[Haskell-cafe] Haskell maximum stack depth

Adrian Hey ahey at iee.org
Mon Feb 4 17:13:12 EST 2008

Neil Mitchell wrote:
> Hi
>> First bad thing:
>> Stack size (memory consumed) doubles each time it overflows.
> Bad thing? Assume that allocating memory takes some constant amount of
> time, such as invoking overflow behaviour etc. To get the size of the
> stack to n bytes with doubling takes O(log n), to get it there with a
> constant increase takes O(n).

But whatever the program did to get given stack size must have
been at least O(n) anyway, so overall it's still going to be O(n)
even if the stack allocation part is O(log n). We're just talking
about a very tiny increase in constant factors, at least if Stefan
O'Rears hypothesis is correct :-). I'm inclined to agree with him.

> If you store the stack in a linear
> block, then allocation costs O(n) and you can even risk O(n^2)
> behaviour unless you double each time. I think its fairly well
> understood that things like hash tables should double in size when
> they overflow, rather than increasing by some small increment.

It is? Well obviously if the entire thing is copied each time this
will be bad, but that's not what we're talking about. See Stefans

> Also
> remember that this behaviour never wastes more than 50% of the stack,
> which is a relatively small amount.

Only if the stack is relatively small. Would you say the same about
heap, or about a stack that only needed 50% of heap space but ended
up using all of it? Or money? Using twice as much as you need of
anything is bad IMO.

>> Third bad thing (the really bad thing):
>> If a stack has temporarily grown (to 64M say), it will never shrink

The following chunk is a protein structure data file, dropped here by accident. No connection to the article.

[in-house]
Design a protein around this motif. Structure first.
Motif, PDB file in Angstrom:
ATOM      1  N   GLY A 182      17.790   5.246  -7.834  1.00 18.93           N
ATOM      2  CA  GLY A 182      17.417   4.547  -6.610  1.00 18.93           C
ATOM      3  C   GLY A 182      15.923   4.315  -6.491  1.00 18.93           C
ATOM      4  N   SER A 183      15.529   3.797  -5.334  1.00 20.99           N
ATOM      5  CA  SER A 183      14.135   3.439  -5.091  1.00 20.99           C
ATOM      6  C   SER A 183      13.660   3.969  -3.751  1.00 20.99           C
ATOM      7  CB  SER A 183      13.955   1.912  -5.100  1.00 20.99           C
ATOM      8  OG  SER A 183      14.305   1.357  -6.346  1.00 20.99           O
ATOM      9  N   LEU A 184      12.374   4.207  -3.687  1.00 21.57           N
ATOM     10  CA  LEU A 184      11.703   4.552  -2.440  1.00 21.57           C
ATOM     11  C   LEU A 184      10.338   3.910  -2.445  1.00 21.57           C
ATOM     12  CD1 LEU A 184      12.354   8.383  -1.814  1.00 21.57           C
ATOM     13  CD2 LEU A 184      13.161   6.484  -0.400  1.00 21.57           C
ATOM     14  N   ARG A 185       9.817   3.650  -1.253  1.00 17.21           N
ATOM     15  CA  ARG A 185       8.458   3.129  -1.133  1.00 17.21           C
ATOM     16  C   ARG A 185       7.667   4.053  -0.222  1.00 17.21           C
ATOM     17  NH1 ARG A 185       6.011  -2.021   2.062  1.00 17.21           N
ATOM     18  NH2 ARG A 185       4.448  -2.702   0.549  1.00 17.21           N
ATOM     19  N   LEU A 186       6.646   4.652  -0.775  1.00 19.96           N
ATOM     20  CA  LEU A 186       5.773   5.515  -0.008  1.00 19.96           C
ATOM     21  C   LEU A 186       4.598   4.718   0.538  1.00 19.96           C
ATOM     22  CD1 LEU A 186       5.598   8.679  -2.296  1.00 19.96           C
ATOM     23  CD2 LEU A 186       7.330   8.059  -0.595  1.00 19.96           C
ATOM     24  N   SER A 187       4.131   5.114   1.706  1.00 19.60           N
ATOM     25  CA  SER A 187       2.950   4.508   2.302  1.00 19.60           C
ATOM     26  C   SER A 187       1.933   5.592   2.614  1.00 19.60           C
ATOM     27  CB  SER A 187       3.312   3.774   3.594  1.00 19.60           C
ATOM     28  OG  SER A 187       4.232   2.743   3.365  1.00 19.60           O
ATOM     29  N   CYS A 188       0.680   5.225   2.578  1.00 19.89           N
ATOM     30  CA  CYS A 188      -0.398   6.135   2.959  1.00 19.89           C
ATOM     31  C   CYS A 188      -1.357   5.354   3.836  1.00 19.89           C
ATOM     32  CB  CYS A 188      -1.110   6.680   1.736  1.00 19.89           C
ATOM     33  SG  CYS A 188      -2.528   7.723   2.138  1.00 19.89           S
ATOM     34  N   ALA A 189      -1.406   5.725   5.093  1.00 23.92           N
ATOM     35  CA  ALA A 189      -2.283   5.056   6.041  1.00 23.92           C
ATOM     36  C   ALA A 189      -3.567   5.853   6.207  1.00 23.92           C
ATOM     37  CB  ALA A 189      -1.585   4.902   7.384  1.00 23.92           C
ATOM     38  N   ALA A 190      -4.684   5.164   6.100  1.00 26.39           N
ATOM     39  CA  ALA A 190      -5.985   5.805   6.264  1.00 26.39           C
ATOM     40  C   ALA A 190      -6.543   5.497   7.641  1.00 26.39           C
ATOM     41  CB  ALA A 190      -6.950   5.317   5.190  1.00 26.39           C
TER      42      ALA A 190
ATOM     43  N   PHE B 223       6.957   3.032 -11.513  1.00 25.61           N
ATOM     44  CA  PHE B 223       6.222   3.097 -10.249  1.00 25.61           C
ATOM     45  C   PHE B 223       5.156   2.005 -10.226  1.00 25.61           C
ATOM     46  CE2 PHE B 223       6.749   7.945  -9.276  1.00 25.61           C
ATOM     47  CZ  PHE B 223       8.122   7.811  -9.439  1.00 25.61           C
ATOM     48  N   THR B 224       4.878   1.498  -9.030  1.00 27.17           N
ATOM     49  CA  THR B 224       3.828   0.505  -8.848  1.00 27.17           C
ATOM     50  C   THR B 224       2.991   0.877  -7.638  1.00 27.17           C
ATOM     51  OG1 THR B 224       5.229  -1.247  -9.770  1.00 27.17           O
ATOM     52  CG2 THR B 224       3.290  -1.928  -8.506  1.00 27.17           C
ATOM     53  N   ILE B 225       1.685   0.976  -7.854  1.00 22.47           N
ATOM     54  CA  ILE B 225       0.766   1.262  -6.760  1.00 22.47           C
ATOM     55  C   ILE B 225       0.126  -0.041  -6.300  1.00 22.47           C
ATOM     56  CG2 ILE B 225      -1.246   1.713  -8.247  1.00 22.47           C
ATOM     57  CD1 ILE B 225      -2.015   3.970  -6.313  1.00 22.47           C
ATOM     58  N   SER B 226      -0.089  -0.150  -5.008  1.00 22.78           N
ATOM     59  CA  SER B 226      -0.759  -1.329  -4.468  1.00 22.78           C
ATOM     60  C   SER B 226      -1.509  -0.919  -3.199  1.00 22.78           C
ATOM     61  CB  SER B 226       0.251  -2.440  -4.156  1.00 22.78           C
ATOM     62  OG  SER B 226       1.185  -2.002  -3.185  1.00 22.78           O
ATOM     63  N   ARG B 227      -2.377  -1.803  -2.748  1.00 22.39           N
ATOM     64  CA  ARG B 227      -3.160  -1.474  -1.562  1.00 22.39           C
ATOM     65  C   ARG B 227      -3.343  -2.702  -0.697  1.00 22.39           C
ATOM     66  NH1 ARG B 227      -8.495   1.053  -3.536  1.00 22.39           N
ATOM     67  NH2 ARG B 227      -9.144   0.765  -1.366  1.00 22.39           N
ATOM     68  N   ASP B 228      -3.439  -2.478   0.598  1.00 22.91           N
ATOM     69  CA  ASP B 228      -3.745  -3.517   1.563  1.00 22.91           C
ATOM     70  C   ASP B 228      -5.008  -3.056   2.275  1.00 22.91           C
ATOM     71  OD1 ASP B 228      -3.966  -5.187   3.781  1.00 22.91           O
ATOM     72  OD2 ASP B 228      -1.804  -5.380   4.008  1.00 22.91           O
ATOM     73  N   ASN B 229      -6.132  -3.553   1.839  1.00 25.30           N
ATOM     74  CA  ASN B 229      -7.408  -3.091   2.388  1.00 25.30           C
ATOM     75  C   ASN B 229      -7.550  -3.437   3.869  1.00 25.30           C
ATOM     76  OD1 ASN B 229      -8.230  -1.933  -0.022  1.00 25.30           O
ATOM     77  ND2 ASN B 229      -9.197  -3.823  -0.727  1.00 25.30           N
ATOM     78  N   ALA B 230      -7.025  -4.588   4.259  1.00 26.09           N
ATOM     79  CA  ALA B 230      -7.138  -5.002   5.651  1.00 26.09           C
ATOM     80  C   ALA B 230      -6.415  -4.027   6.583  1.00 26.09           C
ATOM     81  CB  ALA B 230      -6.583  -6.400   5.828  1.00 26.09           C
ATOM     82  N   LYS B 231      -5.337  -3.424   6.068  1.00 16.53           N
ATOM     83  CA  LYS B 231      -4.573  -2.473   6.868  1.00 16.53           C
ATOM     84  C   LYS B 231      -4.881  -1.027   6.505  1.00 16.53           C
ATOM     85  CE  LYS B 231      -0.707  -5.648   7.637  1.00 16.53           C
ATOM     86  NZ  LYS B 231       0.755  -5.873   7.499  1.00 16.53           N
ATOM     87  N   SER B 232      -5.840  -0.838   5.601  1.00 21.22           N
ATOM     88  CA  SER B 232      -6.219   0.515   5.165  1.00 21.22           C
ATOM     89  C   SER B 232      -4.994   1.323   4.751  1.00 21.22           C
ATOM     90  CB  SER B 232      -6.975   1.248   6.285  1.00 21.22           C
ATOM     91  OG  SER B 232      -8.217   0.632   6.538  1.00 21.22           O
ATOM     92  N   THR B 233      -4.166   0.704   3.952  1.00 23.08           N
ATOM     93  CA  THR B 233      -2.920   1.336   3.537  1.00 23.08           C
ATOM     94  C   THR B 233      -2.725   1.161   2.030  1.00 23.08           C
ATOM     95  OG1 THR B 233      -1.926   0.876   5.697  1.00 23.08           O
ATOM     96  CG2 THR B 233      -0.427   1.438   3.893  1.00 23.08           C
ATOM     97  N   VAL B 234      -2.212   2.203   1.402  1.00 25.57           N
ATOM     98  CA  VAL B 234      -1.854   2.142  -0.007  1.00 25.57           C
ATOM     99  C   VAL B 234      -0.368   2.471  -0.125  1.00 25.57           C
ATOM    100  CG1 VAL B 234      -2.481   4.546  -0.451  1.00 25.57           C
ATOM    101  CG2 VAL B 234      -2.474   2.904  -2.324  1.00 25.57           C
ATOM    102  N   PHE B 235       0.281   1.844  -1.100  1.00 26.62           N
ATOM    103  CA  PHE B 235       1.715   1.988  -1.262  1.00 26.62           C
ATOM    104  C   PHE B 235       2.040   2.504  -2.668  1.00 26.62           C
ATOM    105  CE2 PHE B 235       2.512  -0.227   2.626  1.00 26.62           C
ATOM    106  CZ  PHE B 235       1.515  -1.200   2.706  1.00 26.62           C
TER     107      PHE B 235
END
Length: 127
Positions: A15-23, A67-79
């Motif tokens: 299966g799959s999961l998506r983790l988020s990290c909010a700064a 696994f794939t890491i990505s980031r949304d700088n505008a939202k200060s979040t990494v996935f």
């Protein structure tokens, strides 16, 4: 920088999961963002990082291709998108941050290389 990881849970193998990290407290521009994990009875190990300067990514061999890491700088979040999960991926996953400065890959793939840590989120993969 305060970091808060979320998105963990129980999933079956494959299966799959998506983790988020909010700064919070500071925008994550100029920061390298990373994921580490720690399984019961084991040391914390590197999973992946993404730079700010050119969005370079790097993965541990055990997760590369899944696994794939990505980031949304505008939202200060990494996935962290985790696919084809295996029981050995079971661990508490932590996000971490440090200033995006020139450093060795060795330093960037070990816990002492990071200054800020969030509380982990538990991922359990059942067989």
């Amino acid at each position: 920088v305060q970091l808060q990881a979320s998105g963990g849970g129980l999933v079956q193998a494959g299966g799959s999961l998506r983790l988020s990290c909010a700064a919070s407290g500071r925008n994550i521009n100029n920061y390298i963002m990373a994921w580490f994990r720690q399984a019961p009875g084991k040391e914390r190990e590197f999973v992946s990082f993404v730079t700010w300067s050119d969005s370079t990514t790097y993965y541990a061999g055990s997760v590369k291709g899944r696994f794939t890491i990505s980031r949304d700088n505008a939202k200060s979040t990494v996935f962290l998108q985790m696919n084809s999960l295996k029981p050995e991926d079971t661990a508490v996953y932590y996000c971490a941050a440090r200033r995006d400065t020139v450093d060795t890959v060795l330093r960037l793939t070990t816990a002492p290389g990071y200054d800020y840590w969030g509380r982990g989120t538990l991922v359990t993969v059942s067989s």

>> back down again to something more typical (< 4K say). If I understand
>> correctly, it will continue to take 64M from the heap regardless.
> That would be nice. But its only beneficial if there are programs
> which takes large amounts of stack at some point, but then shrink down
> to very little stack and continue for a reasonable amount of time.
> Console programs probably don't fit this pattern (since they tend to
> be batch style and exit quickly). GUI programs probably do, so perhaps
> stack reduction will be more important as the GUI toolkits mature and
> Haskell starts getting used for UI type things.

The nature of the app has nothing to do with it AFAICS, this problem
can affect any program that evaluates expressions.

> That said, unless
> there is a real user with a real problem (rather than a theoretical
> concern), priority may go to other bugs.

The point is that writing a stack greedy function definition (rather
than a heap greedy alternative) is almost always the simpler option,
and would probably be more efficent too. It would also be perfectly
OK in *most* situations.

But being OK in most situations isn't good enough. You also (as far
as is possible given finite amount of total memory) want it to be
OK in "pathological" situations, or at least no worse than the heap
greedy version. Why should the decision to use a stack greedy definition
cause a crash at 8M whereas a heap greedy definition can happily use
much more without crashing?

I (like everyone else) tend to avoid knowingly writing stack greedy
definitions because of this. But I do this as a workaround for ghc's
currently (IMO) poor stack management, not because I consider code
that uses the stack to be inherently buggy.

Furthermore as I said earlier, "using a lot of stack" is purely a
ghc rts implementation detail. Other possible Haskell implementations
may not use a lot of stack for the same function (may not use a stack
at all). So you can't say a program has bugs just because it happens
to cause a "stack overflow" with ghc. You might reasonably argue that
it has a bug if it uses a lot of memory with any plausible Haskell
implementation (one way or another) *and* you can show that there is
an alternative implementation which uses asymptotically less memory.

Adrian Hey

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